• Abdominal distention
  • Weakness
  • Lack of interest in exercise
  • Weight loss


  • Vomiting
  • Diarrhea (sometimes bloody)
  • Fever
  • Difficulty breathing


  • Weight loss
  • Vomiting
  • Exercise intolerance
  • No appetite
  • Weak heartbeat


  • Sudden coughing
  • Frothing at the mouth
  • Collapse
  • Death


  • Congenital
  • Cancerous
  • Traumatic (injury)
  • Inflammatory
  • Infectious
  • Toxic
  • Metabolic
  • Cardiovascular
  • Idiopathic (unknown)

Causes of Pericardial Effusion in Dogs

Sometimes, the cause of pericardial effusion is unknown, but there are also many causes that can include:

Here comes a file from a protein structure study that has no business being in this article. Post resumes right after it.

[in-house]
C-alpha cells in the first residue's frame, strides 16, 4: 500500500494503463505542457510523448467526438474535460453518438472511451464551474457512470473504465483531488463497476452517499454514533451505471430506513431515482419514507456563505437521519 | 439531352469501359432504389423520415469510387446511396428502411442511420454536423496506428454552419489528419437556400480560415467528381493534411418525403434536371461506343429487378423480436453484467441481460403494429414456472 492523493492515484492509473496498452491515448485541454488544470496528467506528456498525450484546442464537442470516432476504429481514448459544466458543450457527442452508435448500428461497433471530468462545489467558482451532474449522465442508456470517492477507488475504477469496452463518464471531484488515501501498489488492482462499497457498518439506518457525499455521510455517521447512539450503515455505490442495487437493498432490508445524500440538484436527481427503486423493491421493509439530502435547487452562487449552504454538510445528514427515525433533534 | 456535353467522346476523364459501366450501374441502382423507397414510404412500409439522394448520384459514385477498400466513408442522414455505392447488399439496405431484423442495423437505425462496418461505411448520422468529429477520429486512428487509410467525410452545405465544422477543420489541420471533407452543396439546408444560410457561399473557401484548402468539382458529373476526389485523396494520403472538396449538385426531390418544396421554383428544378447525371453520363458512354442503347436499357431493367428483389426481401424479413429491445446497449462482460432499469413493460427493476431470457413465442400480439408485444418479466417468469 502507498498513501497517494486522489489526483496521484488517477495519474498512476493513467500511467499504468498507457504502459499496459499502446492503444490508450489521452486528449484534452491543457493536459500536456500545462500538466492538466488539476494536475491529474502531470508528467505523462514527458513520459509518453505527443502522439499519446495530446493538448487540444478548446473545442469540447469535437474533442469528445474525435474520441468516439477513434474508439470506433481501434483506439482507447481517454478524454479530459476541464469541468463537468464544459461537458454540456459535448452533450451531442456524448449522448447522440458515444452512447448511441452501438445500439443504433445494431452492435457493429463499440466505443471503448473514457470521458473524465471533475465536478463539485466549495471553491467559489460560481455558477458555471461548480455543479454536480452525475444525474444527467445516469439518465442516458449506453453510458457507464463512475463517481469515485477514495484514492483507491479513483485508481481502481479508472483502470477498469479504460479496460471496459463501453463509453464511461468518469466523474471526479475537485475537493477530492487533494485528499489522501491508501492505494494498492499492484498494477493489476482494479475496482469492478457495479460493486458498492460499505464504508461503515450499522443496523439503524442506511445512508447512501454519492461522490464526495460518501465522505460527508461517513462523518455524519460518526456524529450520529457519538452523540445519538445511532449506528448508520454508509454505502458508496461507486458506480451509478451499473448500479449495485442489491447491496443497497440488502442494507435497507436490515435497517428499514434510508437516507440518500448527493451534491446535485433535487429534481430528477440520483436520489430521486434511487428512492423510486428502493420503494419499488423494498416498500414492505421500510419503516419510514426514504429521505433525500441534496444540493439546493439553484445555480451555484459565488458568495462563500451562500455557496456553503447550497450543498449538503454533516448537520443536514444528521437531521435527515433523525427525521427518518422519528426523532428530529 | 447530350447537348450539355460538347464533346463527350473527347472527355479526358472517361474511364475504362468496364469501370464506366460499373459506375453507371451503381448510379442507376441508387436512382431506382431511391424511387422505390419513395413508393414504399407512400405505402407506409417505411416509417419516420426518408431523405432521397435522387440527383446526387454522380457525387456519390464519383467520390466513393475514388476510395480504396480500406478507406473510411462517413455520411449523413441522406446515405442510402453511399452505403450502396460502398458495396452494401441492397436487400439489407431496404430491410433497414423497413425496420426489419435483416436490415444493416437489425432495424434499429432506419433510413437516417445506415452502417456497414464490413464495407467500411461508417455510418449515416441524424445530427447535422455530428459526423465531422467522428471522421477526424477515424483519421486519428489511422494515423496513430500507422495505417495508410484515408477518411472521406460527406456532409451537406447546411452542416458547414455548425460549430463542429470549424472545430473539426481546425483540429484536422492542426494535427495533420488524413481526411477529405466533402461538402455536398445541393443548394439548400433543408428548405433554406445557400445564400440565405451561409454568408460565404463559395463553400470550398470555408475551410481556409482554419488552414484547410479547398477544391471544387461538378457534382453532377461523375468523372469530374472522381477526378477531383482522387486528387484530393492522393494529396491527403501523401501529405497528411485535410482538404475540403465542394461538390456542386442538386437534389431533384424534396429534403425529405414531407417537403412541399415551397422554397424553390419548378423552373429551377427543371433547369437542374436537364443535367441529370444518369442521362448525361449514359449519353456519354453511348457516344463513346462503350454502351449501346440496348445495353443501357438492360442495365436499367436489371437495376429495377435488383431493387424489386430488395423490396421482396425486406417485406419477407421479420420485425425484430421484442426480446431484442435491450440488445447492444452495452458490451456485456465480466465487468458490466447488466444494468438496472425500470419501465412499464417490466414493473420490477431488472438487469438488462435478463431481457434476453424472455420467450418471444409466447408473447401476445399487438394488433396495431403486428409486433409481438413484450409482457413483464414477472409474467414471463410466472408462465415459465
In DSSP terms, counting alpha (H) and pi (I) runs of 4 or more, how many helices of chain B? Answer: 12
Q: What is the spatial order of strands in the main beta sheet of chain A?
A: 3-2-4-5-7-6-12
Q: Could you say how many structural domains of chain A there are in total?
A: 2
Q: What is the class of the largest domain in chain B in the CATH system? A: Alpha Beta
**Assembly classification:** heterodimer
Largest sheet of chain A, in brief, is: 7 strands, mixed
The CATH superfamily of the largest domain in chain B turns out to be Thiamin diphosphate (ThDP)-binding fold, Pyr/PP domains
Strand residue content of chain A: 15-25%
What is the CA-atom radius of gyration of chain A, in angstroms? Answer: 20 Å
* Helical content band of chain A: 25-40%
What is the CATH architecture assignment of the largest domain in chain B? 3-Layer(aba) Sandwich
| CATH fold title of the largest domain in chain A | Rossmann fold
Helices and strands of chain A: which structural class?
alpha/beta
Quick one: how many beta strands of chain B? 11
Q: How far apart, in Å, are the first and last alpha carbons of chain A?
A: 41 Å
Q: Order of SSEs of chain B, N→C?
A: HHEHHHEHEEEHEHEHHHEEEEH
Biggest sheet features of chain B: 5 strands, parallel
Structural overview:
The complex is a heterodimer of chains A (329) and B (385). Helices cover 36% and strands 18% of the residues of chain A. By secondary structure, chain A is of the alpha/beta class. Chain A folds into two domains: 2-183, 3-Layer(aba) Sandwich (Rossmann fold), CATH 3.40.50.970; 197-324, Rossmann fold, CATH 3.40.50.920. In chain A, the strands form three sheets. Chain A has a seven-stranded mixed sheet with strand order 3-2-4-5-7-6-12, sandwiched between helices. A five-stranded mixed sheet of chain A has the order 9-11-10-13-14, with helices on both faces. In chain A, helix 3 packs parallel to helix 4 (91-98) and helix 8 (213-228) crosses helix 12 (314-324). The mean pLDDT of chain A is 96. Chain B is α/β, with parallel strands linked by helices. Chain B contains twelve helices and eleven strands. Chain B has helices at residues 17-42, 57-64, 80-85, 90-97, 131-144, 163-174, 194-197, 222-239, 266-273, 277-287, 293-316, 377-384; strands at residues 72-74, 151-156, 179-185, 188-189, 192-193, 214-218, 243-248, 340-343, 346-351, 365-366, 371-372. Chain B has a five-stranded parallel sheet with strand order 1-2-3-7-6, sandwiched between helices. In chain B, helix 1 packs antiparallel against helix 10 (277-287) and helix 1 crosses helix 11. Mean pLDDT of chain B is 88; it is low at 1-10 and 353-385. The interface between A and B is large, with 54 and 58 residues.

• Idiopathic- No known cause
  • Congenital - Peritoneopericardial hernia, mitral valve dysplasia, congenital pericardial cysts, tricuspid dysplasia
  • Inflammatory – Endocarditis, pericarditis, myocarditis
  • Cardiovascular – Congestive heart failure, mitral valve disease
  • Toxic – Pesticides, radiation therapy, toxic plants
  • Metabolic – Kidney failure, liver failure, hypothyroidism
  • Infectious – Bacteria, parasites, fungi, tuberculosis
  • Neoplastic pericardial effusion – Malignant tumor, pericardial lipoma, hemangiosarcoma
  • Injury – Surgical complication, accident

Diagnosis of Pericardial Effusion in Dogs